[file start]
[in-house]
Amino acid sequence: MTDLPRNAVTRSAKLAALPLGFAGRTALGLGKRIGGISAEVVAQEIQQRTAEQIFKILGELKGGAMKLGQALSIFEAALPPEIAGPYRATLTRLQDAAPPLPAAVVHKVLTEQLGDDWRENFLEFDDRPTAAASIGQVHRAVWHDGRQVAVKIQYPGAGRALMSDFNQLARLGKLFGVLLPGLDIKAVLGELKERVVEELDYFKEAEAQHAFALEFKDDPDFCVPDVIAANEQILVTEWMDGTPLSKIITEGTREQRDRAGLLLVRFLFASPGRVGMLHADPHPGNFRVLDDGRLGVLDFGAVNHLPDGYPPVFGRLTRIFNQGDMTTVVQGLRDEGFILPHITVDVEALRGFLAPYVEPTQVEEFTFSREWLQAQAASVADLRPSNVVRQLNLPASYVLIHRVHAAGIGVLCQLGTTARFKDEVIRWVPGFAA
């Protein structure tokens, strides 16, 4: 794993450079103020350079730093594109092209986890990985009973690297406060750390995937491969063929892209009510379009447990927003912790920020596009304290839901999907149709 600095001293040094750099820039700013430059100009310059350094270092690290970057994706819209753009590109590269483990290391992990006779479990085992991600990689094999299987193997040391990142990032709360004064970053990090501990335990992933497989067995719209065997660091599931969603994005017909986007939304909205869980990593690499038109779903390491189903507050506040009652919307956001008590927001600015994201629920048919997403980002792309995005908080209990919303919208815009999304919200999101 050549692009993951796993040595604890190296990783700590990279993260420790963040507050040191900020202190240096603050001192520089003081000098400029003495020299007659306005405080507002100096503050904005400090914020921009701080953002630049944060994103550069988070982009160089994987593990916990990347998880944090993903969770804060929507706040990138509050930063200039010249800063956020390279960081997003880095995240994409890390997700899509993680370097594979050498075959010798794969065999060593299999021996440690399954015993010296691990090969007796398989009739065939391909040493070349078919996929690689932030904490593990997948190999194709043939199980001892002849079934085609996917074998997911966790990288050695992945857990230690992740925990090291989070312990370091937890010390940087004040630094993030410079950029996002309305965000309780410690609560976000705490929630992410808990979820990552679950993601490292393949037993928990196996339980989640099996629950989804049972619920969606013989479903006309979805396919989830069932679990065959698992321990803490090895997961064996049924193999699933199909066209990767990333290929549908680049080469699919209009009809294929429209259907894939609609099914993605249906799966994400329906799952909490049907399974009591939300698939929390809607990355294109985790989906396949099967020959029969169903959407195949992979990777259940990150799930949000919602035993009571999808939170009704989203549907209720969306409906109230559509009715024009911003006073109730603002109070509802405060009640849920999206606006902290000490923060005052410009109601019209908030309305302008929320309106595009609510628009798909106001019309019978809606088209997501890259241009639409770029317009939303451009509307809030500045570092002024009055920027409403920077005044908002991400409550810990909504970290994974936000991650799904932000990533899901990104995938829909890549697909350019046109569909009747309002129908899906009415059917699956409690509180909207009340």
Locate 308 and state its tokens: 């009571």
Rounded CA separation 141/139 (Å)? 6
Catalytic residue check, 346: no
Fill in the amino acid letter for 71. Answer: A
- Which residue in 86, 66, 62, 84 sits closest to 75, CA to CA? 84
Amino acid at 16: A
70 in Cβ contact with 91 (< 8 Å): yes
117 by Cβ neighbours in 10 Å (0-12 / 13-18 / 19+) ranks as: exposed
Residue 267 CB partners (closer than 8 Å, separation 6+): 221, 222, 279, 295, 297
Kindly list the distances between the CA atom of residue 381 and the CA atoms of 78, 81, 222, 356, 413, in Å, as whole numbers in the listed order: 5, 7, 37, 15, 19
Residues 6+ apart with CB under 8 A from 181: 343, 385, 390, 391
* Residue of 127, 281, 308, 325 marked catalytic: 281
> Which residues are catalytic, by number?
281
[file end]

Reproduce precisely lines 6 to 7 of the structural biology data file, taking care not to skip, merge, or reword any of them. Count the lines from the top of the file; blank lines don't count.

Catalytic residue check, 346: no
Fill in the amino acid letter for 71. Answer: A